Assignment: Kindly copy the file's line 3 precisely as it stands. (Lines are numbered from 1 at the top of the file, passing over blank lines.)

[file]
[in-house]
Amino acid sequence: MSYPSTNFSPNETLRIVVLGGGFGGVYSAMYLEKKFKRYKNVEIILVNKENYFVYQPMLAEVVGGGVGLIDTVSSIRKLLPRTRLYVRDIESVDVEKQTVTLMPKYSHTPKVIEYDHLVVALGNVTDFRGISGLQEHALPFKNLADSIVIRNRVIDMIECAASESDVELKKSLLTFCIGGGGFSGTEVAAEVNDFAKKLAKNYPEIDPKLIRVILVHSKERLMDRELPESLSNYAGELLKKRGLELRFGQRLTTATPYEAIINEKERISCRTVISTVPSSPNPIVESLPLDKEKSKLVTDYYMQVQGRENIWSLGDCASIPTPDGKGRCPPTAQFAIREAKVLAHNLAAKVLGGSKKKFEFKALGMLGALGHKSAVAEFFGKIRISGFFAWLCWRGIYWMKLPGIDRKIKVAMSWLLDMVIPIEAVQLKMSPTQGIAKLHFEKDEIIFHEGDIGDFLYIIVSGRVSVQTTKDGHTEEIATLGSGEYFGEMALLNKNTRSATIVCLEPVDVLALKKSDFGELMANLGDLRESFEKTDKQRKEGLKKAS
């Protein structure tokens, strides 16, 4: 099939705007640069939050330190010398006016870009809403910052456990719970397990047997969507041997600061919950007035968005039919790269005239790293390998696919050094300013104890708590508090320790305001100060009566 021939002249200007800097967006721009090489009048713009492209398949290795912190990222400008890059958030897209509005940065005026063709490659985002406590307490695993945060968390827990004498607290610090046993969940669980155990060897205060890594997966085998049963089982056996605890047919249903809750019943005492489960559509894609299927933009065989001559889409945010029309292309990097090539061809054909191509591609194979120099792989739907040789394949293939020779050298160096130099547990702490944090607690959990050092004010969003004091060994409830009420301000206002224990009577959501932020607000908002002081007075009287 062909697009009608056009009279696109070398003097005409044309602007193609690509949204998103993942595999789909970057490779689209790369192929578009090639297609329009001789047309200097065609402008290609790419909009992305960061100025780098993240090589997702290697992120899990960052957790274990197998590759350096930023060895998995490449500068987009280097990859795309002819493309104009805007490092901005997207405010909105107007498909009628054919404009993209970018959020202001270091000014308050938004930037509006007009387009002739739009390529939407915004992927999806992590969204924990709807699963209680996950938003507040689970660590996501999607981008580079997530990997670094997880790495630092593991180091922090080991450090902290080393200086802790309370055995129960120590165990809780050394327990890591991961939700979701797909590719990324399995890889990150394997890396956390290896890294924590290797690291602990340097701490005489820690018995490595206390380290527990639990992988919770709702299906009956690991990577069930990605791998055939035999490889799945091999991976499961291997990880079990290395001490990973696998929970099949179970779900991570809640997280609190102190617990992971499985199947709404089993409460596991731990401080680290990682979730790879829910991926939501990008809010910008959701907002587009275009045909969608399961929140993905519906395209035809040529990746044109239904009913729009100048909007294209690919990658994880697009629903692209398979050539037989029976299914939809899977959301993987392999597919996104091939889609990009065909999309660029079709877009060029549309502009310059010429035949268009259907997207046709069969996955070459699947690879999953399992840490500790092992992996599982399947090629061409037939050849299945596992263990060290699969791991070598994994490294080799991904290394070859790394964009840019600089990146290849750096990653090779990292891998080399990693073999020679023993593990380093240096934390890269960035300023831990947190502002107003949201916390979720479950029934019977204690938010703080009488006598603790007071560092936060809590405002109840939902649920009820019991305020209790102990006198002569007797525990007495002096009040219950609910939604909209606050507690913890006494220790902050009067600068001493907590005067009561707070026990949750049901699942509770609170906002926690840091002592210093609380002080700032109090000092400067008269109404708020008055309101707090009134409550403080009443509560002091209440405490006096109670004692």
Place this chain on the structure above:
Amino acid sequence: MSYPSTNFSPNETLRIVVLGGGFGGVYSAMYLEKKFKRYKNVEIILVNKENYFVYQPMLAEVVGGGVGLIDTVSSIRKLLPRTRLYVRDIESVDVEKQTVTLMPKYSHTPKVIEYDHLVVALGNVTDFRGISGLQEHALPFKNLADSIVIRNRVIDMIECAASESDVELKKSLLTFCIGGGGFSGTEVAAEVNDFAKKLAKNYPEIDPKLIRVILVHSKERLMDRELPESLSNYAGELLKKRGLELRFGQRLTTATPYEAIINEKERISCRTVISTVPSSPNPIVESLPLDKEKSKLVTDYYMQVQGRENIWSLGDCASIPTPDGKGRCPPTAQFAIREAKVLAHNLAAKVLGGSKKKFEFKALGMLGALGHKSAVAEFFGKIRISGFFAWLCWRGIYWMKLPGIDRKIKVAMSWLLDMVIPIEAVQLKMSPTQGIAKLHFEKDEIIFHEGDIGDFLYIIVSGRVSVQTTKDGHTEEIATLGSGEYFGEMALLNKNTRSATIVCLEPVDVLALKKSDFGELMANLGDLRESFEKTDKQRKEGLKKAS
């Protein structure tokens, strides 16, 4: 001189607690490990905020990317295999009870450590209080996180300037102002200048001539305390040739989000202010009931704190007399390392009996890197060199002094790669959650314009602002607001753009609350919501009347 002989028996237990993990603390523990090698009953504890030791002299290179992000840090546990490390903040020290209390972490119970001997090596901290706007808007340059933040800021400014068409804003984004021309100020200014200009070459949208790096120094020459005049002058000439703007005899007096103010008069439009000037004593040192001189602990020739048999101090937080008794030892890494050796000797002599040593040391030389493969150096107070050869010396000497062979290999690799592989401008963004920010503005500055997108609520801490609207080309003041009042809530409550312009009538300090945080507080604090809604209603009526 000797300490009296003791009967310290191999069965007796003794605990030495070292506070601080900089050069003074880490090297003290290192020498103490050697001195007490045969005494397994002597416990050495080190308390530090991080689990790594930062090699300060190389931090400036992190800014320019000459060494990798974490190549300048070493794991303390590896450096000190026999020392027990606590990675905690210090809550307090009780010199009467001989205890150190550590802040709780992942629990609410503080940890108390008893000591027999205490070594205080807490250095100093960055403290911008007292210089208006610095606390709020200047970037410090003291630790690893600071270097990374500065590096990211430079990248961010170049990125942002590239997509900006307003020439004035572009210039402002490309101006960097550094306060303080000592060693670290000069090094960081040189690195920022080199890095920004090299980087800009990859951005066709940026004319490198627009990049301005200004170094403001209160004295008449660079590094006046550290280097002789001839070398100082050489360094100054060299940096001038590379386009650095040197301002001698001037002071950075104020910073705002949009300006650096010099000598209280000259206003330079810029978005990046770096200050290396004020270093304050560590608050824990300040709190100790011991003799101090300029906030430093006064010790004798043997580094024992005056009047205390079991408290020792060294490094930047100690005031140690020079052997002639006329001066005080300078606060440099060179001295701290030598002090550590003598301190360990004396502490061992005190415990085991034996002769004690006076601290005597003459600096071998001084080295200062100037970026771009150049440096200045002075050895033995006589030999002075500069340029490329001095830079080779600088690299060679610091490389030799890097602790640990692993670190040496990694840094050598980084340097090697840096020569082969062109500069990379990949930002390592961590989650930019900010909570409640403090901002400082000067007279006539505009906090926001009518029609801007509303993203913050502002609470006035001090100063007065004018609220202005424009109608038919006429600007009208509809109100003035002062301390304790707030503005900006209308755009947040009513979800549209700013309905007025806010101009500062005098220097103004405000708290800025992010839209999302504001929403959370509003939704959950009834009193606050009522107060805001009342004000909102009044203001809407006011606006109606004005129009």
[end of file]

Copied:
């Protein structure tokens, strides 16, 4: 099939705007640069939050330190010398006016870009809403910052456990719970397990047997969507041997600061919950007035968005039919790269005239790293390998696919050094300013104890708590508090320790305001100060009566 021939002249200007800097967006721009090489009048713009492209398949290795912190990222400008890059958030897209509005940065005026063709490659985002406590307490695993945060968390827990004498607290610090046993969940669980155990060897205060890594997966085998049963089982056996605890047919249903809750019943005492489960559509894609299927933009065989001559889409945010029309292309990097090539061809054909191509591609194979120099792989739907040789394949293939020779050298160096130099547990702490944090607690959990050092004010969003004091060994409830009420301000206002224990009577959501932020607000908002002081007075009287 062909697009009608056009009279696109070398003097005409044309602007193609690509949204998103993942595999789909970057490779689209790369192929578009090639297609329009001789047309200097065609402008290609790419909009992305960061100025780098993240090589997702290697992120899990960052957790274990197998590759350096930023060895998995490449500068987009280097990859795309002819493309104009805007490092901005997207405010909105107007498909009628054919404009993209970018959020202001270091000014308050938004930037509006007009387009002739739009390529939407915004992927999806992590969204924990709807699963209680996950938003507040689970660590996501999607981008580079997530990997670094997880790495630092593991180091922090080991450090902290080393200086802790309370055995129960120590165990809780050394327990890591991961939700979701797909590719990324399995890889990150394997890396956390290896890294924590290797690291602990340097701490005489820690018995490595206390380290527990639990992988919770709702299906009956690991990577069930990605791998055939035999490889799945091999991976499961291997990880079990290395001490990973696998929970099949179970779900991570809640997280609190102190617990992971499985199947709404089993409460596991731990401080680290990682979730790879829910991926939501990008809010910008959701907002587009275009045909969608399961929140993905519906395209035809040529990746044109239904009913729009100048909007294209690919990658994880697009629903692209398979050539037989029976299914939809899977959301993987392999597919996104091939889609990009065909999309660029079709877009060029549309502009310059010429035949268009259907997207046709069969996955070459699947690879999953399992840490500790092992992996599982399947090629061409037939050849299945596992263990060290699969791991070598994994490294080799991904290394070859790394964009840019600089990146290849750096990653090779990292891998080399990693073999020679023993593990380093240096934390890269960035300023831990947190502002107003949201916390979720479950029934019977204690938010703080009488006598603790007071560092936060809590405002109840939902649920009820019991305020209790102990006198002569007797525990007495002096009040219950609910939604909209606050507690913890006494220790902050009067600068001493907590005067009561707070026990949750049901699942509770609170906002926690840091002592210093609380002080700032109090000092400067008269109404708020008055309101707090009134409550403080009443509560002091209440405490006096109670004692």